As discussed above the exception has two parts: one dealing with the character of the vehicle, the other with the purpose for which it was being used at the time of the accident. In considering the position take by the majority, one must consider each part of the exception in turn.

That the vehicle was owned by Zelasko does not itself exempt accidents arising from its use from compensation. The use of the words "authorized vehicle" rather than "business owned vehicle" are designed to encompass within statutory coverage those vehicle owned by the employee but used in the course of work. That framework is consistent with well-established jurisprudence dealing with accidents arising from the use of employee-owned vehicles. The Court has long emphasized that what matters is not who owns the vehicle but whether the employer pays the expenses of its operation or gains benefit from its use. See, e.g., Demerest v. Guild, supra 114 N.J.L. 472 (emphasizing benefit that accrues to employer when employee parks car in her own garage); Auer v. Sinclair Refining Co., supra, 103 N.J.L. 372 (petitioner deemed employee based on being authorized to use in his work his own vehicle for employer's benefit).

Given that the tractor-trailer was an employer-authorized vehicle, the remaining question is whether Zelasko was involved in employer-authorized business at the time of the accident. The record is unclear on the question of whether Zelasko is paid for the time he spends parking the trailer at the end of the day or whether he is reimbursed for the travel expenses incurred in doing so. Zelasko's attorney maintains that he is reimbursed for his travel expenses for the time spent parking the trailer and retrieving it the next morning. The record contains evidence that during his entire thirteen-year employment with Refrigerated, Zelasko maintained travel logs recording his mileage from the moment he entered the tractor cab in the morning until the time he alighted from it at his home in the evening.

Whether the logs are kept for the purpose of reimbursing Zelasko for his travel expenses or for some other purpose, however, is not determinative. Compensation does not turn on whether the employee is paid for the travel time or is reimbursed for the travel expense. The critical issue is whether the work is employer-authorized business. The Conclusion that parking the trailer at the end of the day does not constitute "work," or that if it does, it does not constitute work for which benefit accrues to the employer does not comport with common sense. A refrigerated tractor-trailer is a large cumbersome vehicle. Driving the tractor trailer to the parking lot, unhitching the trailer, and securing its contents involves the expenditure of significant physical and mental energy. When done each working day for thirteen years, that work cannot be written off as simply an activity that Zelasko chooses to do at the end of the day.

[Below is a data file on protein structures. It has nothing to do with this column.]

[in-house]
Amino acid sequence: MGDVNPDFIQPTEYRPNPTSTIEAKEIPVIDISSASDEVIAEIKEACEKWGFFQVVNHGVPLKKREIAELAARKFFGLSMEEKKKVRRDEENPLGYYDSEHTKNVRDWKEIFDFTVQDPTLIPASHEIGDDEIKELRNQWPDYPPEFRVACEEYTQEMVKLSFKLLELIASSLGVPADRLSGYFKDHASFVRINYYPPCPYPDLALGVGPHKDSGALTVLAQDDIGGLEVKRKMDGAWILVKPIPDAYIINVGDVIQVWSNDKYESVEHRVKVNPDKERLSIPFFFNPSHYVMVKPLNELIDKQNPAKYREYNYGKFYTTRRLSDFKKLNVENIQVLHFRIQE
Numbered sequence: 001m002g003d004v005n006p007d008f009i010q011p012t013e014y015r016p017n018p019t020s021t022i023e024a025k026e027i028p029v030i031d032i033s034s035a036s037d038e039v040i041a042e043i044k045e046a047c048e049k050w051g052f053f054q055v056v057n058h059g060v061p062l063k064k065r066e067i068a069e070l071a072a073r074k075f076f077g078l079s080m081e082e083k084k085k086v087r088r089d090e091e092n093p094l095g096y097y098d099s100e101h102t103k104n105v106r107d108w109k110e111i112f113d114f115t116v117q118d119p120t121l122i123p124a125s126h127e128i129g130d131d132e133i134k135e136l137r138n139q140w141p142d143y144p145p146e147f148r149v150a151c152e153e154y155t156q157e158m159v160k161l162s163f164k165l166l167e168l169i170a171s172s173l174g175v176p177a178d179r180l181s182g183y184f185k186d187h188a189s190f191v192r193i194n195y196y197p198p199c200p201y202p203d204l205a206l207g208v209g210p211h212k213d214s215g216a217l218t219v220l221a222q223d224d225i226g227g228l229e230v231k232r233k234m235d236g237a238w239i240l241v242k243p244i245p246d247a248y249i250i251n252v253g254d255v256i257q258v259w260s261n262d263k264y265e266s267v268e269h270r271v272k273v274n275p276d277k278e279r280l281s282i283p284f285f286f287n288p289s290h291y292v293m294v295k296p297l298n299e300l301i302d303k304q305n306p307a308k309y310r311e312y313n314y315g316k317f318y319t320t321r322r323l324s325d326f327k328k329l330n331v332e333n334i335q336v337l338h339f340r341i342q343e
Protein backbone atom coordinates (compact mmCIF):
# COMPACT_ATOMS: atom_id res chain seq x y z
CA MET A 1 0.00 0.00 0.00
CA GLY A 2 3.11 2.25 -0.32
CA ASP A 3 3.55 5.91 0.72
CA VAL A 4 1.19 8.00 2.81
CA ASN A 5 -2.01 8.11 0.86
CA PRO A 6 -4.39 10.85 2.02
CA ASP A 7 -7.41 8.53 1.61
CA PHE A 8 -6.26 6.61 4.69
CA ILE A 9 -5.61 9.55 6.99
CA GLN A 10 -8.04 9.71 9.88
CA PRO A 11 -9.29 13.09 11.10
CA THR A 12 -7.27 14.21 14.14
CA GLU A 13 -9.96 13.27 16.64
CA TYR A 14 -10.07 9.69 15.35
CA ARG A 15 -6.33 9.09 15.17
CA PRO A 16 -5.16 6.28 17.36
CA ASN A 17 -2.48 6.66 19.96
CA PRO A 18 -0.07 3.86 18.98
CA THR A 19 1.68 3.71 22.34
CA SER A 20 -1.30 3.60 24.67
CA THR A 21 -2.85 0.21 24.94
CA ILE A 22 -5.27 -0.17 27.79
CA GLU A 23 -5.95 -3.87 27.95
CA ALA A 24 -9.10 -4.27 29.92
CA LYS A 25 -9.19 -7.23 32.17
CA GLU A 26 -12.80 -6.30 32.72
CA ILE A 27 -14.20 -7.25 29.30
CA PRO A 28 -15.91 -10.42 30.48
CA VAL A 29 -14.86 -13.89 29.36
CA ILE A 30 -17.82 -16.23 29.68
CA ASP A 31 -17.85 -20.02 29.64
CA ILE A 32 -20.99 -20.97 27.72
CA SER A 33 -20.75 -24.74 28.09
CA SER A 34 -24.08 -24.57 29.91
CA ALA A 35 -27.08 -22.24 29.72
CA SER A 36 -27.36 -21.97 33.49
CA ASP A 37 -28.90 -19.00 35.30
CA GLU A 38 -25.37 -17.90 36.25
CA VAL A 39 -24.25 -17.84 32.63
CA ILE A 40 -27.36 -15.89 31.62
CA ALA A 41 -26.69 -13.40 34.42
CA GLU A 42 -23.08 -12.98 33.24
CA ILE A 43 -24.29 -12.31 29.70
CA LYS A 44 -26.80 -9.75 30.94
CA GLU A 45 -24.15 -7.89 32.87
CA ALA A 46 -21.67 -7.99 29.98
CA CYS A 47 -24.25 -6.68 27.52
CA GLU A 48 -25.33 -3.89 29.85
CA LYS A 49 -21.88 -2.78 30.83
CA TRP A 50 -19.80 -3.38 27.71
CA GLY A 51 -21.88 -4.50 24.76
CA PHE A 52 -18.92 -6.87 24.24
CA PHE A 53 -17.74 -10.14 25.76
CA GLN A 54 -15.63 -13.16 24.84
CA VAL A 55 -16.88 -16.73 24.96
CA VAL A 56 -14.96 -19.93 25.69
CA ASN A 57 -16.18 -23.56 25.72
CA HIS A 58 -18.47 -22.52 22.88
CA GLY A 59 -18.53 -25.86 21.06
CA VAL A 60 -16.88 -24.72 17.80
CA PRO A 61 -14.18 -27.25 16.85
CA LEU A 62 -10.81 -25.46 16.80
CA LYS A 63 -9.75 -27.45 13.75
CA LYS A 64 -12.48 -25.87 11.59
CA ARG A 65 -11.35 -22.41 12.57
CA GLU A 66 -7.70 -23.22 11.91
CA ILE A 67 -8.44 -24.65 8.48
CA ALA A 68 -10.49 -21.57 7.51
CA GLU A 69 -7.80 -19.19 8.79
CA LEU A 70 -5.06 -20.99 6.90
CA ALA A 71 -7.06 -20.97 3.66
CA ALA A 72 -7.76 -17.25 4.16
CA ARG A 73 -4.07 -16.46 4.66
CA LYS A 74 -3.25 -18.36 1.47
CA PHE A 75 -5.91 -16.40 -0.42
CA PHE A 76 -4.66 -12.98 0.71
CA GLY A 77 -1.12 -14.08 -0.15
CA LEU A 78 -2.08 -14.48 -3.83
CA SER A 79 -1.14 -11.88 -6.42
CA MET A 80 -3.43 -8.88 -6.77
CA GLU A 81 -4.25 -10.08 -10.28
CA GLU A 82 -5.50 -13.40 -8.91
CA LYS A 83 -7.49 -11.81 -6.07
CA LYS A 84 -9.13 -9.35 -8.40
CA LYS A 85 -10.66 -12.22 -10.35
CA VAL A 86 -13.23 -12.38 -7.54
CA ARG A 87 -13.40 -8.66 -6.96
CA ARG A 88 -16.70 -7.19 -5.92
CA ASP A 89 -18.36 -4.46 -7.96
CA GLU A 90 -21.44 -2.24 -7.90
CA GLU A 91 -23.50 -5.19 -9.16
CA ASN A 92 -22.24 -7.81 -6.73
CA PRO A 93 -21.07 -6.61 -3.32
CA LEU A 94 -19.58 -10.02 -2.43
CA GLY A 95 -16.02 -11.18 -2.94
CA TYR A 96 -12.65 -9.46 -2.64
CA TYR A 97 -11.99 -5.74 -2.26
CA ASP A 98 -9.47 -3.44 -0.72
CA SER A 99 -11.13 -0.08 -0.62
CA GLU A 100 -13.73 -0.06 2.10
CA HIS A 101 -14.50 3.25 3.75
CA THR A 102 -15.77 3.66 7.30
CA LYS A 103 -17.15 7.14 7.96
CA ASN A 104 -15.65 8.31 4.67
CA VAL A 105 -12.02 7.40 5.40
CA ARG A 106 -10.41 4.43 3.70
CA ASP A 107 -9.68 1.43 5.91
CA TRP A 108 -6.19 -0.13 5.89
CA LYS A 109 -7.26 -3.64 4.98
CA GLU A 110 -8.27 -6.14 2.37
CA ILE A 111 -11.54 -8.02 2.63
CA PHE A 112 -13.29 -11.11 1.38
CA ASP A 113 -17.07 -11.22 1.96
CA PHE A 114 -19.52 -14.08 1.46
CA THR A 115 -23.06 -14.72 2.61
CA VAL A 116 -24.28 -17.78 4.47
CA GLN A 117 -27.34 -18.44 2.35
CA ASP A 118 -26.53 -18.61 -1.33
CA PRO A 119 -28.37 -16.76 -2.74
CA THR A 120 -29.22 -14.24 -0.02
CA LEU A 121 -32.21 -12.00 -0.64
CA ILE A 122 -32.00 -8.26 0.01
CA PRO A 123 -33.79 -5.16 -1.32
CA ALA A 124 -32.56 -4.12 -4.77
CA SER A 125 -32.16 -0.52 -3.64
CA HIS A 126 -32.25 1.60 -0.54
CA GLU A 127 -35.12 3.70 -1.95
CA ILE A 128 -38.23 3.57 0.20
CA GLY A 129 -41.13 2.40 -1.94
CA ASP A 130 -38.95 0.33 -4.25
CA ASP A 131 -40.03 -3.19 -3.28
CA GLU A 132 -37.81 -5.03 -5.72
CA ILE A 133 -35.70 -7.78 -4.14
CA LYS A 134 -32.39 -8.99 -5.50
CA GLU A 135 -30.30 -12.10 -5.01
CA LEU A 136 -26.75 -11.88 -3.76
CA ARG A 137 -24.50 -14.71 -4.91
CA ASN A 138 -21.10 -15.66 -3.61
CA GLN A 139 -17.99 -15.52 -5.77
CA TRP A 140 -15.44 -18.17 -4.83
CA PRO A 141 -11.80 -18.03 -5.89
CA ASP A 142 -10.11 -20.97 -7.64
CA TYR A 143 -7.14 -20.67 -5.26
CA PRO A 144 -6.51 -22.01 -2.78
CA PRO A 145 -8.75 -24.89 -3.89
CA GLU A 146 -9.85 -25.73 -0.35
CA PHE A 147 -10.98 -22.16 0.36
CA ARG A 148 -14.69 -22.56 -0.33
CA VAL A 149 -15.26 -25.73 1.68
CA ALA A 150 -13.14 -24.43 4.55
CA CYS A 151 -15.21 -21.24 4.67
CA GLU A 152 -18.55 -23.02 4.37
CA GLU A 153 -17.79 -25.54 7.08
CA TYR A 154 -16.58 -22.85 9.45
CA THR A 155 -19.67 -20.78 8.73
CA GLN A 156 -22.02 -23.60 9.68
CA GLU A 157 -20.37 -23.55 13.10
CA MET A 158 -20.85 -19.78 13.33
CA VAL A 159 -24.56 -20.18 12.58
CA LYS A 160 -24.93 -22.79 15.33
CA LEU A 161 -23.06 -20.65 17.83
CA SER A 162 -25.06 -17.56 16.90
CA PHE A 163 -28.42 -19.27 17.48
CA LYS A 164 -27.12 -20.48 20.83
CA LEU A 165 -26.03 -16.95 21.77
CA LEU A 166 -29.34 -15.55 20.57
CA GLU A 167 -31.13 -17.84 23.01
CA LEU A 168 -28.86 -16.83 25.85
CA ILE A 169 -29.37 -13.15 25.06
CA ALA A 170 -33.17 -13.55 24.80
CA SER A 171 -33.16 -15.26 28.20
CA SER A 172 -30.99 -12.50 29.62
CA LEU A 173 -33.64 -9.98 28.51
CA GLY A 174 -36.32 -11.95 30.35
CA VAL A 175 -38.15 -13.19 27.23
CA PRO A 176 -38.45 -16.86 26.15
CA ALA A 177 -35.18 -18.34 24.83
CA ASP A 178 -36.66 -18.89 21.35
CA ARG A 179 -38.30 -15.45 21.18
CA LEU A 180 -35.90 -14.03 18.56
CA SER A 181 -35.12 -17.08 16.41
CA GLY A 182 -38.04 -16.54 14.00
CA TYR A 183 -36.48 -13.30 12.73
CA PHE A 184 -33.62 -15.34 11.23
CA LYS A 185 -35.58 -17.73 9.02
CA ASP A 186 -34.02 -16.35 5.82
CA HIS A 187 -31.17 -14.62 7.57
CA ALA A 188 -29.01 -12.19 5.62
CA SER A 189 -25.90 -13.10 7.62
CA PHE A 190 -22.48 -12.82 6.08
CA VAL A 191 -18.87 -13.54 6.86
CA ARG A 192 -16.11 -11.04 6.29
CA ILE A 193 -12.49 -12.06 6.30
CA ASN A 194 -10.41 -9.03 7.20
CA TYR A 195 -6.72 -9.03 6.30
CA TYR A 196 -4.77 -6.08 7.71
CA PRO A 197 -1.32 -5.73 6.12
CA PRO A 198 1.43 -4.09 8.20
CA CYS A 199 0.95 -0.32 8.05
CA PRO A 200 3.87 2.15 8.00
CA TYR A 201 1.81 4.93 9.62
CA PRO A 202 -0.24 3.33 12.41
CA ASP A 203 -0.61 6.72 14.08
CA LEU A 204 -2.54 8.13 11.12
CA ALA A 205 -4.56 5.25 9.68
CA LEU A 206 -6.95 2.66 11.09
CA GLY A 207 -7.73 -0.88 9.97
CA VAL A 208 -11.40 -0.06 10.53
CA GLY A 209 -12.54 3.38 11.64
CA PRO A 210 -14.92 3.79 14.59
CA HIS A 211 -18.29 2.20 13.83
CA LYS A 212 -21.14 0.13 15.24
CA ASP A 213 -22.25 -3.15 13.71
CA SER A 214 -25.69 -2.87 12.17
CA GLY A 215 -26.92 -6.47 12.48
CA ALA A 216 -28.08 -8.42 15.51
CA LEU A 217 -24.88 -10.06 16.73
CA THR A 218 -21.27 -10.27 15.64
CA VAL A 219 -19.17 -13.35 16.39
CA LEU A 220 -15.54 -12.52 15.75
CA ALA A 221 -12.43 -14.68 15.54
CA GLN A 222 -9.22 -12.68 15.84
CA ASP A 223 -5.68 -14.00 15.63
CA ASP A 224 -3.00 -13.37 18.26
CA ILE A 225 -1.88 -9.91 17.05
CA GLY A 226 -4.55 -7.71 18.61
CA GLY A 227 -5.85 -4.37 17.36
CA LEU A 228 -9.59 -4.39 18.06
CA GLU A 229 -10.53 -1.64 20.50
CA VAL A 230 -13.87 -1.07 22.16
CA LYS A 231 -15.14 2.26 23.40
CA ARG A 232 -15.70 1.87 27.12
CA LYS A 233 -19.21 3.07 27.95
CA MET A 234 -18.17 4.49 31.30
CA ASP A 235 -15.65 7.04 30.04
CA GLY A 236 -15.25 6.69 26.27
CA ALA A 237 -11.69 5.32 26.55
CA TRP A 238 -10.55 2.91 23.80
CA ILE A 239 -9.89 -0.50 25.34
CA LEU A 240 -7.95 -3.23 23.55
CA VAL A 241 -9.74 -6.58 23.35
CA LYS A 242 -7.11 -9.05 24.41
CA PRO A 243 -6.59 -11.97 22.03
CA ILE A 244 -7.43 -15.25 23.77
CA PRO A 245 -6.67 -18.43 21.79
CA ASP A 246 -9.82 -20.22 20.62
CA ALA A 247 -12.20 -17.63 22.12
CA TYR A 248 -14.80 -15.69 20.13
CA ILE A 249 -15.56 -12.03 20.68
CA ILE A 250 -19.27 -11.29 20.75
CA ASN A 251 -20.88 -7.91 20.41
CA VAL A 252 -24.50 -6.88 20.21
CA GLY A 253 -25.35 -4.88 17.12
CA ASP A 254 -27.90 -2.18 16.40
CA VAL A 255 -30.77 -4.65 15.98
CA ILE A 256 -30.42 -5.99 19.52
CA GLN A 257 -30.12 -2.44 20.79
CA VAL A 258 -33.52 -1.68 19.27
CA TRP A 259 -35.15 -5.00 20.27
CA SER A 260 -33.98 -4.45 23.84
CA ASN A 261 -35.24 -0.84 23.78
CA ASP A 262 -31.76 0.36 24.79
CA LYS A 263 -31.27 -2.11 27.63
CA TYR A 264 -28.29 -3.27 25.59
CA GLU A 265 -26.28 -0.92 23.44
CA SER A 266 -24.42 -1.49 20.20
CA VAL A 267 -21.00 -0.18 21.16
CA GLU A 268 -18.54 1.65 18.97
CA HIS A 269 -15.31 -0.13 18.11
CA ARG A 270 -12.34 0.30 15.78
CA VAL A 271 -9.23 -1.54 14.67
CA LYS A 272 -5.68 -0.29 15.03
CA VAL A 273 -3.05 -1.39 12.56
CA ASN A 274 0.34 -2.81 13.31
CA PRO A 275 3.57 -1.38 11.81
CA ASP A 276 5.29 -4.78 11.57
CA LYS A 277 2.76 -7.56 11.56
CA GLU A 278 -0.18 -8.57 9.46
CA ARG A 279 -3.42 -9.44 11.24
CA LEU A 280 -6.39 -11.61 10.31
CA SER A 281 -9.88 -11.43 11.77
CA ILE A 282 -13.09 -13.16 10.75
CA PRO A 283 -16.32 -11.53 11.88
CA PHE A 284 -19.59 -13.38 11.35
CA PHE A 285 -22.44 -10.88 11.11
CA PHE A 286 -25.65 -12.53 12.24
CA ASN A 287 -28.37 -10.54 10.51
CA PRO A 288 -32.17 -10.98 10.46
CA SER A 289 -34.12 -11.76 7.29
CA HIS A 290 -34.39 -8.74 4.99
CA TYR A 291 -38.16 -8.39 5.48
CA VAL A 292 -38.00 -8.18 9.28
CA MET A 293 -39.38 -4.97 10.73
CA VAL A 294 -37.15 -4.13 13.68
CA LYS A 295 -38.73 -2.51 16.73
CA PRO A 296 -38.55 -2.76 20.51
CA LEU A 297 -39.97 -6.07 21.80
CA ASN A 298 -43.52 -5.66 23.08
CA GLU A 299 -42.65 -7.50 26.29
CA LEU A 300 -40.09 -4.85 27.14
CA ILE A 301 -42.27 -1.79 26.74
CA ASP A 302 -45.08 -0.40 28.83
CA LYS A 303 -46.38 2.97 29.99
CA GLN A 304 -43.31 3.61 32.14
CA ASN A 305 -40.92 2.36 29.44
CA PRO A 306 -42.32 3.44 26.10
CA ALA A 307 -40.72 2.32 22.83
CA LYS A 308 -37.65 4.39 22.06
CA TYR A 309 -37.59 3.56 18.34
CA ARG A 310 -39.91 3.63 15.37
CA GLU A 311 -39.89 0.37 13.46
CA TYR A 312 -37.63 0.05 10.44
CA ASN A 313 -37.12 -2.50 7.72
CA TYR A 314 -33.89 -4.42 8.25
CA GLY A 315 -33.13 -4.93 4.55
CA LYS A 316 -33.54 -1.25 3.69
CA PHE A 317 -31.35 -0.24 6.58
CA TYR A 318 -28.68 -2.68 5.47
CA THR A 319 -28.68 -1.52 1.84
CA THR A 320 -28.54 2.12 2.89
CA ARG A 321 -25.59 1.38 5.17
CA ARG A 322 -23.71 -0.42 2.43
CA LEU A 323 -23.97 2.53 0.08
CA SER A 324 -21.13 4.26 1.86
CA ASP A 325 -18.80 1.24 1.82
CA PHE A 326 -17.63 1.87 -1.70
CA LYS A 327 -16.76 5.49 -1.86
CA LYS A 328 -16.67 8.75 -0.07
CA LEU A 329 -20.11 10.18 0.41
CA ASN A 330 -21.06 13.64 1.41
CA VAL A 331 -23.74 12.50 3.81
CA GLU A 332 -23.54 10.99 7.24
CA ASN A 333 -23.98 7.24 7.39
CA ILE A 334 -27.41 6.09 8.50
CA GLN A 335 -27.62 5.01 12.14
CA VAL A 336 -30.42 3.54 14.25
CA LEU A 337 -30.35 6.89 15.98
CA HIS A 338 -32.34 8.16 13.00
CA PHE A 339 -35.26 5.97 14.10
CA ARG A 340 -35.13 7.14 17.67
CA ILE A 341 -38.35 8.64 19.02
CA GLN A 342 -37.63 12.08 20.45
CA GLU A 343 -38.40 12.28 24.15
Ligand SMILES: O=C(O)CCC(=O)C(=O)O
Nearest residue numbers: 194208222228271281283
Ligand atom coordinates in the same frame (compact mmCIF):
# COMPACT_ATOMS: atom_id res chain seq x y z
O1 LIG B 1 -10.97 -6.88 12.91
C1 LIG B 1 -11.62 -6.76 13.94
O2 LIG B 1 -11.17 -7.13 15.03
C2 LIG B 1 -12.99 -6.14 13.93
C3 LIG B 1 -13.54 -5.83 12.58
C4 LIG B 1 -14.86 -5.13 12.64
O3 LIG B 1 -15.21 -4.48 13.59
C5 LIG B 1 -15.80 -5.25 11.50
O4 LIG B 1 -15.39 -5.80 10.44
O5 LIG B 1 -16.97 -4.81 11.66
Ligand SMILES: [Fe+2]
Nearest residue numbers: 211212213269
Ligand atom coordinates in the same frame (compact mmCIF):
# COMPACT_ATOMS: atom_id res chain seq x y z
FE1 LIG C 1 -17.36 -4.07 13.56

The compensation Judge was unjustified in assuming that Zelasko was free to go anywhere he wanted after work. When the accident occurred Zelasko was not on his way home. He was driving toward the area where he left the trailer each evening. No evidence suggests that Zelasko uses the trailer for any purpose other than to haul goods for Refrigerated. At the time of the accident Zelasko had already received his next delivery assignment from Refrigerated, and there is no suggestion that he intended to use the truck for any other purpose prior to carrying out that assignment. Nor is there any reason to conclude that in parking the trailer he was motivated by anything other than a desire to complete his assigned tasks for Refrigerated. Zelasko certainly was not free to go about his own business until after he had secured the refrigerated trailer. Prior to that point he was still "working" -- as the common understanding suggests -- and continued to face the kinds of work-related risks associated with his type of work.

Parking the trailer, the activity in which Zelasko was involved when the accident occurred, is also something that provides palpable and quantifiable benefit to his employer. The expenses of a company involved in wholesale distribution revolve in large part around the costs related to renting and owning space. By not having to provide the space to store trailers used in its distribution activities Refrigerated saves substantial costs associated with purchasing or renting parking areas and securing those areas. In economic terms the arrangement whereby Zelasko parks the trailer effectively shifts part of the cost of doing business from the company to the employee. That Zelasko parks the trailer on his own account provides direct economic benefit for the employer and therefore cannot be written off as an activity unrelated to his work. Moreover, his parking the trailer also benefits the employer because it saves on travel time, allowing Zelasko to drive directly to his next pick up without first driving to the Refrigerated warehouse.